Students & Alumni. VFX Coordinator
Victoria is an alumni of our BA (Hons) Film and Television Production. After graduating, she worked as a runner for Technicolor, before becoming Production Coordinator and then Producer. She is now working as a VFX Coordinator for Scanline.
What have you been doing since graduating from ARU?
Two weeks before graduating I was fortunate enough to get a role as runner at the company Technicolor. This is where I stayed for a year and a bit whilst helping others departments. In 2018 Technicolor set up a new department called Marketing Services where I became a production coordinator, this dealt with localising Netflix trailers for different countries. In 2019 I was headhunted as a Producer for a department at Technicolor for Front End Services dealing with Dailies and the platform Pulse which dealt with VFX pulls, I was in this role for over two years.
This January I then took the step to enter the VFX world, where I’ve always wanted to go, and became a VFX coordinator for Scanline who have worked on titles such as Spider Man, Stranger Things, and Free Man, to name a few.
What one thing inspired you to do what you do now?
The piece of work which inspired me was John Hughes’ ‘The Breakfast Club’. At the time of university I wanted to become an editor and this was the first film that made me interested in the process from beginning to end. To this day it’s still my favourite film.
What’s the most valuable thing you took away from your education?
University gave me the opportunity to understand and appreciate the roles that it takes to create a film, and also showed me that it’s very much a teamwork-related industry.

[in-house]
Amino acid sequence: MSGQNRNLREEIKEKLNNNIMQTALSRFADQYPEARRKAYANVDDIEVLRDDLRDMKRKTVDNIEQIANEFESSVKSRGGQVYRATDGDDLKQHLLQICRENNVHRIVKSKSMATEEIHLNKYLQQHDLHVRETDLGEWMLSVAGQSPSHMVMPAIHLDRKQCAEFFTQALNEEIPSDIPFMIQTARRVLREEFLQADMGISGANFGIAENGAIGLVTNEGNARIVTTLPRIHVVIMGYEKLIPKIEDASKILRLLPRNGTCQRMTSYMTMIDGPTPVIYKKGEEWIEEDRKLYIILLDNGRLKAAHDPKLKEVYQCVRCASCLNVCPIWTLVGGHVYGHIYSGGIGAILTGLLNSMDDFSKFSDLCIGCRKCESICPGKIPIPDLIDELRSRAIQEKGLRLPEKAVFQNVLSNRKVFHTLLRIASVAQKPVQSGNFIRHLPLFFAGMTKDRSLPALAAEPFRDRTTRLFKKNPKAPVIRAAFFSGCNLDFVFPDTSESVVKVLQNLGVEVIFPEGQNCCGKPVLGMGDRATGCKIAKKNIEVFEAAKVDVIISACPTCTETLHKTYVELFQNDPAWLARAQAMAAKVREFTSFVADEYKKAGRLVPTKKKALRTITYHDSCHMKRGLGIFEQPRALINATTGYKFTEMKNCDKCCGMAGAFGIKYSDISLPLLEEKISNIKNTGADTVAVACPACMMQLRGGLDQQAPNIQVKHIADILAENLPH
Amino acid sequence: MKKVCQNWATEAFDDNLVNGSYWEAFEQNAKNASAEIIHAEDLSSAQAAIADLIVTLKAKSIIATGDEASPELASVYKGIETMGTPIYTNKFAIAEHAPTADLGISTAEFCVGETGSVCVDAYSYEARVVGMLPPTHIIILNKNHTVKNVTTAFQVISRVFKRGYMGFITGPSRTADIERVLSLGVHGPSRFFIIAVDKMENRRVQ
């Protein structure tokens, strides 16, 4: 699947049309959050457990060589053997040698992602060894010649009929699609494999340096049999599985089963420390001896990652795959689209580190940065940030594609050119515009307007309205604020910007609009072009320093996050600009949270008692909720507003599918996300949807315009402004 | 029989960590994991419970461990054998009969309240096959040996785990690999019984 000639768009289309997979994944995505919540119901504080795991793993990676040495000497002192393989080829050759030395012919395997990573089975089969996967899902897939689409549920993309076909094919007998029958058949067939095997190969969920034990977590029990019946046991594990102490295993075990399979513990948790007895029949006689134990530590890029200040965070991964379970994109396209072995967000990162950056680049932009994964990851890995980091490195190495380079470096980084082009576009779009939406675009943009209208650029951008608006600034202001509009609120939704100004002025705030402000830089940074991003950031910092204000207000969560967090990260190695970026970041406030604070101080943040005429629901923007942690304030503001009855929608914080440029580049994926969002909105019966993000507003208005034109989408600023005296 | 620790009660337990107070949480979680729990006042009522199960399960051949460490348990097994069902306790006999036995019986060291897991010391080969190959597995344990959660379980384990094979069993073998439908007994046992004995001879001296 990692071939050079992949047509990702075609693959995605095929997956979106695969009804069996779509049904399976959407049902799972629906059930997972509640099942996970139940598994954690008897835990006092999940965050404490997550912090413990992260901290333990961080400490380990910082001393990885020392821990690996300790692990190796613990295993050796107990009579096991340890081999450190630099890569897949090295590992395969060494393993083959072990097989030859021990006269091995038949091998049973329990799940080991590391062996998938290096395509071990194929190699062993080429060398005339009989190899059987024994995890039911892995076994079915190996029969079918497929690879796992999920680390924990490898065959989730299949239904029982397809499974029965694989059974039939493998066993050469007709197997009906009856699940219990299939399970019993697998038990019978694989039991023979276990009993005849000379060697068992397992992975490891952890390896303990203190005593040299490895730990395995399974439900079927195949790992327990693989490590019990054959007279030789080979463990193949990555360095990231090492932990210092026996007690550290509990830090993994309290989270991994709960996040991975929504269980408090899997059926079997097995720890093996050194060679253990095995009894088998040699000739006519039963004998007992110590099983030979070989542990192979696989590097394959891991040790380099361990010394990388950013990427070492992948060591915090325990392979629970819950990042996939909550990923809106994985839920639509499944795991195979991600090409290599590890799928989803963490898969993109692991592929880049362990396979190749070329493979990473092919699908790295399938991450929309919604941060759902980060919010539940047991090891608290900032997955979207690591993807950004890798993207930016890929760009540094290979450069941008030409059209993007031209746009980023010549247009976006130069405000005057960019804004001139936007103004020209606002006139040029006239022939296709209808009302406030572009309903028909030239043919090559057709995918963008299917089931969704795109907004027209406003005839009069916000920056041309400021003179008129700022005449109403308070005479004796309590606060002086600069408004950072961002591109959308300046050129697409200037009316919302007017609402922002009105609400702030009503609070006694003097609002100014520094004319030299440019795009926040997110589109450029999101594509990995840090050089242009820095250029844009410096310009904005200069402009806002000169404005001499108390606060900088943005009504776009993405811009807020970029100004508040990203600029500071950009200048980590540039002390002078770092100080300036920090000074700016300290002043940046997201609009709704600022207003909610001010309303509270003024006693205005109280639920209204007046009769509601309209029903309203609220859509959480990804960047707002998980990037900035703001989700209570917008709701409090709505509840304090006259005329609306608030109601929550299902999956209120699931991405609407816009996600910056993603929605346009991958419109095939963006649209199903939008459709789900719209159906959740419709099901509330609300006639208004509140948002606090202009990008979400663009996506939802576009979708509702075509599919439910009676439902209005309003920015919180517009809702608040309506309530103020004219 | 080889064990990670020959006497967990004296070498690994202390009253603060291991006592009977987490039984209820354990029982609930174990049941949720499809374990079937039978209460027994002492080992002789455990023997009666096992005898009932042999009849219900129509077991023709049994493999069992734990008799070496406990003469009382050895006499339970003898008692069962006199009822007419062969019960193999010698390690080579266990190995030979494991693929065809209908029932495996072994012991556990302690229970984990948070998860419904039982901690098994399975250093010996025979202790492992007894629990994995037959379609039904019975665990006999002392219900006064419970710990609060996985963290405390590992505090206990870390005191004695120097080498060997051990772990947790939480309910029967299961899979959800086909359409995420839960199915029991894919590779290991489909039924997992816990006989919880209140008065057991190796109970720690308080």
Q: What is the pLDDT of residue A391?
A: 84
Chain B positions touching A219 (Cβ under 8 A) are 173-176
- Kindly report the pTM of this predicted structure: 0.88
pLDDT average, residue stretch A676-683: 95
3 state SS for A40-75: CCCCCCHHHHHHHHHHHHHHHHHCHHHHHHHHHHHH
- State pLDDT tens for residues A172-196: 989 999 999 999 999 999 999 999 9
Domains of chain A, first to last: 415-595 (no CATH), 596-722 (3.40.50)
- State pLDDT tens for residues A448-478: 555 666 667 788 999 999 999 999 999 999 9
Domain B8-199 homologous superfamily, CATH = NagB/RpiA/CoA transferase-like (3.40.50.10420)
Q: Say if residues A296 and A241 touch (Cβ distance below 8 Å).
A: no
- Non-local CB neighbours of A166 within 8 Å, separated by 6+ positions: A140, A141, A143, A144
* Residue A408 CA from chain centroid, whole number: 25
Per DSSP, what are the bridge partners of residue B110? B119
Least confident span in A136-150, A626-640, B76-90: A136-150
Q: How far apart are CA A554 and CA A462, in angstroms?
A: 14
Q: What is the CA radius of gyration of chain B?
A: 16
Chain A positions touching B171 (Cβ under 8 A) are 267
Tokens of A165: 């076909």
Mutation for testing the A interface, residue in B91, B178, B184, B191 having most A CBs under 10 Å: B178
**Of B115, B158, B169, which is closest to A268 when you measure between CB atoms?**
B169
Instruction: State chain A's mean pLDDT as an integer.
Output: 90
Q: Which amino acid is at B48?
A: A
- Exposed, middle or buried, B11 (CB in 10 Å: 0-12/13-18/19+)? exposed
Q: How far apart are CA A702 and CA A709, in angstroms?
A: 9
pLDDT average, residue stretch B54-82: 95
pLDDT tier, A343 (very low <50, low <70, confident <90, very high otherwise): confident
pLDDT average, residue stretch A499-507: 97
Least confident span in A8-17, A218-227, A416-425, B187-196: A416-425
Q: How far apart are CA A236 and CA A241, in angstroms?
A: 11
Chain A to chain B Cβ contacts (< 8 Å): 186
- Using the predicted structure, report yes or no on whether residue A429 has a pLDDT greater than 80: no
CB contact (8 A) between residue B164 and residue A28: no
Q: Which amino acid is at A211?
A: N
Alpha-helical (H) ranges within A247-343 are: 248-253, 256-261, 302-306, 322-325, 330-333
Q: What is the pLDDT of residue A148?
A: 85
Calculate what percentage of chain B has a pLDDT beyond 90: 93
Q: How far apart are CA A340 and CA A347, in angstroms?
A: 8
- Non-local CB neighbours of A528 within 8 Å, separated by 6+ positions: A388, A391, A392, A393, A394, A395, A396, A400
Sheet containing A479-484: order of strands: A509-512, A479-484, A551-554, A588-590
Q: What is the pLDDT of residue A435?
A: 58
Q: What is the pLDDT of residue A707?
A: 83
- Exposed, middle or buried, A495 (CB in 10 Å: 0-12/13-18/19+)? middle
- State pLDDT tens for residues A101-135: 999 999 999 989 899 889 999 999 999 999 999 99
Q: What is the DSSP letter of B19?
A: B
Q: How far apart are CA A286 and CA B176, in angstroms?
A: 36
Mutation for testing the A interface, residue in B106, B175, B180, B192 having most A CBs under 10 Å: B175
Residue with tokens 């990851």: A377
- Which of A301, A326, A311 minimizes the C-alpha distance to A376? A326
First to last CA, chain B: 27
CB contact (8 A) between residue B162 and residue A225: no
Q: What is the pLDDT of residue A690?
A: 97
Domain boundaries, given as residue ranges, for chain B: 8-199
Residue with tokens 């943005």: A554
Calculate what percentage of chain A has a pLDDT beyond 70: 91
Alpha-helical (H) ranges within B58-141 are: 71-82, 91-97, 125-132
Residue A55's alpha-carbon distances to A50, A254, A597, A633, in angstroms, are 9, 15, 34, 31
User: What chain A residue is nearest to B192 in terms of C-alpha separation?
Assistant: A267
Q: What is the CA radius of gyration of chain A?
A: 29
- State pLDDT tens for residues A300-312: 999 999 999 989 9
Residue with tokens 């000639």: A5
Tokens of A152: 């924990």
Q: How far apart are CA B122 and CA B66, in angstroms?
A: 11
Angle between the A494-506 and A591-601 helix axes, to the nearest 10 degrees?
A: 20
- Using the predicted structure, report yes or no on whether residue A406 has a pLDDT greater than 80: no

Which aspects of the course most helped your career development, and why?
Throughout the two and a half years at university I wanted to be an editor as I enjoyed the process. The tutors always tried to get students to try different roles, so in the third year I tried producing. This was the first time I ever got a first. I really enjoyed the organisation and time management part of it.
Having the choice of some modules really helped determine which part of the industry I wanted to enter, as it gave me the freedom to try everything and have those options. Also, having tutors that had experience in the industry was valuable for the students, as we got to know their experiences and what the real world was like and how best to handle it.
What piece of advice would you give to your younger self?
I would tell my younger self it’s fine not to know what you want to specialise in and it’s ok to change your mind. Try everything at university, as the industry is going to be different to what you expect it to be. Also, believe in yourself and don’t compare yourself to others. Everyone’s path is different; there’s no right or wrong way to do it.
What was your favourite thing about studying in Cambridge, and what did you discover about the city that you didn’t know before?
The city is amazing and dear to my heart, so to study there was an honour. To be able to have that kind of history on your doorstep was once-in-a-lifetime. The course was realistic and practical and I very much enjoyed my time there, and for it to be in the middle of Cambridge was fantastic.
The one thing I learnt about the history was that Prince Charles went to university at Trinity College, where his bodyguard earned a higher grade than him - this fact always amused me.
What projects are you currently working on?
Shows I have worked on in the past include: The Princess Switch 2 and 3, Text For You, Wheel of Time, Dracula, Avenue 5 and Pinocchio, just to name a few. Due to confidentiality I can’t name what I am currently working on at Scanline, but I will definitely be watching it once it is released!